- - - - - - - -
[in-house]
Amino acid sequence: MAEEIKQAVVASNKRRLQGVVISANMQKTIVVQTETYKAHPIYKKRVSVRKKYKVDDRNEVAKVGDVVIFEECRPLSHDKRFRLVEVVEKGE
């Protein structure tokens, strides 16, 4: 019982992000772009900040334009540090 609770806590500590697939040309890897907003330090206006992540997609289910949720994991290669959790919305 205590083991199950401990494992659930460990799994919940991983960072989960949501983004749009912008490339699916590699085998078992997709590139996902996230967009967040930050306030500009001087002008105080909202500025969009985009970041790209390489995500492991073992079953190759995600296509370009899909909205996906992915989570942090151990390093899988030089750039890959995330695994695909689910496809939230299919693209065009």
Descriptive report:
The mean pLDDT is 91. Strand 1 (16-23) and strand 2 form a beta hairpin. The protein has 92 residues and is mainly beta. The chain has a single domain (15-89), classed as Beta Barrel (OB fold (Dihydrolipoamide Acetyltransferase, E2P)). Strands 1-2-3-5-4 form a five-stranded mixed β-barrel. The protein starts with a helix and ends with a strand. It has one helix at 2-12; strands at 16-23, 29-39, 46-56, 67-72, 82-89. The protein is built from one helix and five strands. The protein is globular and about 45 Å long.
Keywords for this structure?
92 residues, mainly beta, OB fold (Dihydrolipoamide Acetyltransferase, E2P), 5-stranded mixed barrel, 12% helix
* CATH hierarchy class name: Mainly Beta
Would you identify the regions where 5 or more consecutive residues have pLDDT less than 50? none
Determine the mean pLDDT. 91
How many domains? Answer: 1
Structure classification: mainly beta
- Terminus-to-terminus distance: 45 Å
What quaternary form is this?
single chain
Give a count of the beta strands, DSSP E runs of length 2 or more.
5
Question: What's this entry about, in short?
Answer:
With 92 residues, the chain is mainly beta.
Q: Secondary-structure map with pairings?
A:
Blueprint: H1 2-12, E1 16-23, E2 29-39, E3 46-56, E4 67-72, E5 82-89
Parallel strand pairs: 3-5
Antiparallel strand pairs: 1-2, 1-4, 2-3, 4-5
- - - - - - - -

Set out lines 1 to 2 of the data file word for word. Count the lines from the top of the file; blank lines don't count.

[in-house]
Amino acid sequence: MAEEIKQAVVASNKRRLQGVVISANMQKTIVVQTETYKAHPIYKKRVSVRKKYKVDDRNEVAKVGDVVIFEECRPLSHDKRFRLVEVVEKGE